• “The Inquiry on protection of workers who blow the whistle on various unsatisfactory conditions, irregularities or offences submitted its report on 20 May 2014 (Swedish Government Official Reports 2014:31). The Inquiry proposes a new labour law act strengthening the protection provided to whistleblowers. Under the act, workers who have suffered reprisals for whistleblowing will be entitled to damages. The Inquiry’s proposals have been circulated for comment.
  • With a view to improving the protection provided to workers, amendments have been proposed to the Work Environment Act and the Working Hours Act. Under these amendments, financial penalties would largely replace penal sanctions to create a more effective sanctions system.

Read more about Sweden

Workers’ rights | National Action Plans on Business and Human Rights (26) Switzerland

4. Position of the Federal Council on the UN Guiding Principles on Business and Human Rights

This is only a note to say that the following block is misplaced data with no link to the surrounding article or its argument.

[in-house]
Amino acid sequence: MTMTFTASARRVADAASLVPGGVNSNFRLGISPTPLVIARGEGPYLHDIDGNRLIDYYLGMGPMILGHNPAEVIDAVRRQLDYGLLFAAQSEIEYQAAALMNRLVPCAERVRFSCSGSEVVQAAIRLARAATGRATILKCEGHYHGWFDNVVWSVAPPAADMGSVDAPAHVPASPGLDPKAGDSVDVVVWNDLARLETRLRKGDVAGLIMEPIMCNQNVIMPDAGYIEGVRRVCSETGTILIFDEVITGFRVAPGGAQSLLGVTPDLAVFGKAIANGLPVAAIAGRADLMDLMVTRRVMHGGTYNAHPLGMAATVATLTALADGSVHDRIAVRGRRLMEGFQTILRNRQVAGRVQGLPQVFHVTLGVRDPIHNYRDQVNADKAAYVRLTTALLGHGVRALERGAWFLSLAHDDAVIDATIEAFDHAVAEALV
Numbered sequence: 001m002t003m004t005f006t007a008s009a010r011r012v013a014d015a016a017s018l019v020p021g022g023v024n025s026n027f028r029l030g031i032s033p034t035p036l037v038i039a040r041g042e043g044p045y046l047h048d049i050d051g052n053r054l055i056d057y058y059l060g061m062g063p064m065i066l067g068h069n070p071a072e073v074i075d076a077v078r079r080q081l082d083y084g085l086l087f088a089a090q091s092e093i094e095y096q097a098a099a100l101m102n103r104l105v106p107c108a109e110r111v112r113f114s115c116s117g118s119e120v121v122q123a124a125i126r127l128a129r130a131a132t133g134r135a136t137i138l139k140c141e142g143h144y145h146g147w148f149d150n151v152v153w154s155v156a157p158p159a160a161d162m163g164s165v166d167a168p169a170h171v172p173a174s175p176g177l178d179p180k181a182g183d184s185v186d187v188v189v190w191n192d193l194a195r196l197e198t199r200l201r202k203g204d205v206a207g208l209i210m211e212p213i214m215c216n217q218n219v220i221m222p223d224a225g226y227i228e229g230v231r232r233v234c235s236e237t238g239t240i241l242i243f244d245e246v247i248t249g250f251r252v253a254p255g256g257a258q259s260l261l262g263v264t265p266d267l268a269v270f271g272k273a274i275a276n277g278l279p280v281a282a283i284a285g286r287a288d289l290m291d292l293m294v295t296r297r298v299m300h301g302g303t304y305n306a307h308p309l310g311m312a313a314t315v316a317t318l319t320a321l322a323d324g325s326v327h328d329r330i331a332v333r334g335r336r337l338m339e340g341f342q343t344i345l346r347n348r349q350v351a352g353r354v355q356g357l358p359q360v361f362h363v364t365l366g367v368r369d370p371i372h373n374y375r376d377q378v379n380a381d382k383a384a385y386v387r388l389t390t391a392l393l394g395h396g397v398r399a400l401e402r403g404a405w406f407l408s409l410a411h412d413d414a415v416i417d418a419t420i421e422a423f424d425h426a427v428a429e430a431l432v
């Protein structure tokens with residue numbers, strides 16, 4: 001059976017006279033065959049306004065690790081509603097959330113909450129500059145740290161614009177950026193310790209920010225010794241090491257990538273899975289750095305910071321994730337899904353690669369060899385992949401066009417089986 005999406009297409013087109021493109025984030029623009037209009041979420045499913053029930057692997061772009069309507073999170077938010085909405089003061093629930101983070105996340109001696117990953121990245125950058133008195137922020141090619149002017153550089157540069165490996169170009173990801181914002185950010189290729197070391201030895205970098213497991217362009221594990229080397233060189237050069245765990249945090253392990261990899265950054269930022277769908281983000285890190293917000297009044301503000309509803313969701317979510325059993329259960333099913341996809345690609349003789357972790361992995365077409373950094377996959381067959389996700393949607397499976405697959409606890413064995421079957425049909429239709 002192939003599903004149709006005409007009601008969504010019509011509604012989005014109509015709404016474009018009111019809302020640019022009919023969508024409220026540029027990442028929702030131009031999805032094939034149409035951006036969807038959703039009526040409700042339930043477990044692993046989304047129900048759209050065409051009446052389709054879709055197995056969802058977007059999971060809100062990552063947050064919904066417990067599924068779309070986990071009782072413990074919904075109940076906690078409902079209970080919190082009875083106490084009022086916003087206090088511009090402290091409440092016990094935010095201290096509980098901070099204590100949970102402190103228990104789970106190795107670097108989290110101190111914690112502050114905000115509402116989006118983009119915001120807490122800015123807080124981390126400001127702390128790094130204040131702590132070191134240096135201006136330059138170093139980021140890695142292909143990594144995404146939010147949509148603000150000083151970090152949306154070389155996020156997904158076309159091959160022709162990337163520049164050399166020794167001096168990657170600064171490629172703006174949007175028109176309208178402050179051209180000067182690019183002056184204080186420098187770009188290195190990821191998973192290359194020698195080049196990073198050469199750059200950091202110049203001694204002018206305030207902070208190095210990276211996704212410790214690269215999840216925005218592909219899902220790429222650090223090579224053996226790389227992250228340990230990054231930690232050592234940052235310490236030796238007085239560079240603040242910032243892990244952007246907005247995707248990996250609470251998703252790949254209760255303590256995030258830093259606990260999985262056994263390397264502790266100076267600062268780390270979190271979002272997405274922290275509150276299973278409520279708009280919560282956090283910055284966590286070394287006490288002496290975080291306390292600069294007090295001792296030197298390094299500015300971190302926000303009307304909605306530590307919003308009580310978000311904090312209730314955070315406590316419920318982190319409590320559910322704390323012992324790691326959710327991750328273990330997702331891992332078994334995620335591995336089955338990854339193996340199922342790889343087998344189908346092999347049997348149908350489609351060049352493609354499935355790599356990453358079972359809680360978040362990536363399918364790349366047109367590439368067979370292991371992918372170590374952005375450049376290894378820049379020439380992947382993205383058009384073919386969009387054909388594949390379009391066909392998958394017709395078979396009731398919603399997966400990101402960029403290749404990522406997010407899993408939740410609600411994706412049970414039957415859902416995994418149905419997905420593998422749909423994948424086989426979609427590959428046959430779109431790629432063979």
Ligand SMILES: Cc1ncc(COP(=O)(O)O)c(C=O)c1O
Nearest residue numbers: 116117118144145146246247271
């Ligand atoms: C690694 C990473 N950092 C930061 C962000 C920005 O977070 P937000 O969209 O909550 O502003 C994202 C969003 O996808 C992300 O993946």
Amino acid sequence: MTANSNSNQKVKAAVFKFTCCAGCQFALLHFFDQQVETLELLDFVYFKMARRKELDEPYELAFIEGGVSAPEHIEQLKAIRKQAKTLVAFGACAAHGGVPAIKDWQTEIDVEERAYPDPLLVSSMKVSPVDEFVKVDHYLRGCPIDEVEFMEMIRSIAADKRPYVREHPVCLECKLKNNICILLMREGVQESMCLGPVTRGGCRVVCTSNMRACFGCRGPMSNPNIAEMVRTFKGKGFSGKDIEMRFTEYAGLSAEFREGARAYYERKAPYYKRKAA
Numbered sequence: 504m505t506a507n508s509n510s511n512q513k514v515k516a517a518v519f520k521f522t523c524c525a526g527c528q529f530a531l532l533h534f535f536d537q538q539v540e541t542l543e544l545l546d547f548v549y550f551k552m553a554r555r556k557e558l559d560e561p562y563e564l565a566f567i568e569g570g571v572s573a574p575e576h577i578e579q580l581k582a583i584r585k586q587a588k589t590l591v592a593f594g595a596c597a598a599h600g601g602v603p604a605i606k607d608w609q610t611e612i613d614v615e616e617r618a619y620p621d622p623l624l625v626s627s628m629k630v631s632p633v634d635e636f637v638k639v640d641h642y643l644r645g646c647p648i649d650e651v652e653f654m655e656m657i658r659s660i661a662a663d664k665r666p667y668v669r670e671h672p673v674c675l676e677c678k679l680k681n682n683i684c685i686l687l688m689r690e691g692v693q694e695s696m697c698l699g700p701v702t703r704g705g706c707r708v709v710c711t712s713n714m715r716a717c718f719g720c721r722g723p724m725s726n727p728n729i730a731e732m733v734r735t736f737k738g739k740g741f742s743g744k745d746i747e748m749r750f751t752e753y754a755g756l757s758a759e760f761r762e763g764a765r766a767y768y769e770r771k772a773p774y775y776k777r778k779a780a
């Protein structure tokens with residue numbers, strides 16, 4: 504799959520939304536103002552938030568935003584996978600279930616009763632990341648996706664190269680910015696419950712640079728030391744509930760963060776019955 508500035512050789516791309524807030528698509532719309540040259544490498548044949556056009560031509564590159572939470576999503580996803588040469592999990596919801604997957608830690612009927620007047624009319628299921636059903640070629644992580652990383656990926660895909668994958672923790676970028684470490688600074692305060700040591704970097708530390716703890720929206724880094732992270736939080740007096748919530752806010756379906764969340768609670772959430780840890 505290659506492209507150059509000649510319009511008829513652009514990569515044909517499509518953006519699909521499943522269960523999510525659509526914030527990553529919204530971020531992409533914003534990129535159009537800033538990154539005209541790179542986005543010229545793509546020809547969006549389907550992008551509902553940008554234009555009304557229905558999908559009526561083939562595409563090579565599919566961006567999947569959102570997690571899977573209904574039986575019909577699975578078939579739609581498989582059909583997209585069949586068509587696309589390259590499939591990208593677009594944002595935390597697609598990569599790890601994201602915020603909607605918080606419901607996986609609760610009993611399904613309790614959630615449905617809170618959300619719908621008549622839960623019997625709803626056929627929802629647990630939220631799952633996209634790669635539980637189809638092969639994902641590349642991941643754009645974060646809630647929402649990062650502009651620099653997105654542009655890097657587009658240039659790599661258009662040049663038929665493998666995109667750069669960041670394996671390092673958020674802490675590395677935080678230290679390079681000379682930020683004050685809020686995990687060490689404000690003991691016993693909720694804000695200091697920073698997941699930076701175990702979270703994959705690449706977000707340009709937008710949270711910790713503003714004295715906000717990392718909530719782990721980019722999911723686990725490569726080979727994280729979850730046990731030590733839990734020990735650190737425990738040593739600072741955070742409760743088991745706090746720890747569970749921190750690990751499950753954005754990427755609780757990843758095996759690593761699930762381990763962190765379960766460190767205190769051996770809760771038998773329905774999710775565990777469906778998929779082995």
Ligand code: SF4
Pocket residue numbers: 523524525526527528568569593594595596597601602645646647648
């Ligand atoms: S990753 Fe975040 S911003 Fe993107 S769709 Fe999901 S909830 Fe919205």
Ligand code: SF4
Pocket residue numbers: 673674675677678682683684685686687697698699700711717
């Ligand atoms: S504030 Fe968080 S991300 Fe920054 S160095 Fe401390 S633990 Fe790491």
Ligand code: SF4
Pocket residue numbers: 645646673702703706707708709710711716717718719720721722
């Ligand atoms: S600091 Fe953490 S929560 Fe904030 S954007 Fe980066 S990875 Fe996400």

4.3 The position and expectations of the Federal Council [page 8]:

Depending on the circumstances, business enterprises must also observe additional standards concerning particularly vulnerable population groups (cf. OECD Guidelines for Multinational Enterprises, Guideline 40). These include, for example, the Declaration of the Rights of Indigenous Peoples, and the international conventions protecting women, minorities, children, people with disabilities and migrant workers and members of their families.

Read more about Switzerland

Workers’ rights | National Action Plans on Business and Human Rights (27) Taiwan

III. The state duty to protect

B. Actions taken

  • Promoting human rights through government procurement operations (page 8)

‘[…] the Public Construction Commission’s Procurement Evaluation Committee scoring tables for bidders include CSR indicators, such as “whether all employees have received pay increases,” “the quality of basic compensation received by procurement officers,” and “the quality of work/life balance measures.”’

This information is also covered under Appendix 4: Overview of the implementation of the state duty to protect and the access to remedy, The state duty to protect, UNGP5, Actions taken (page 44).

C. Actions planned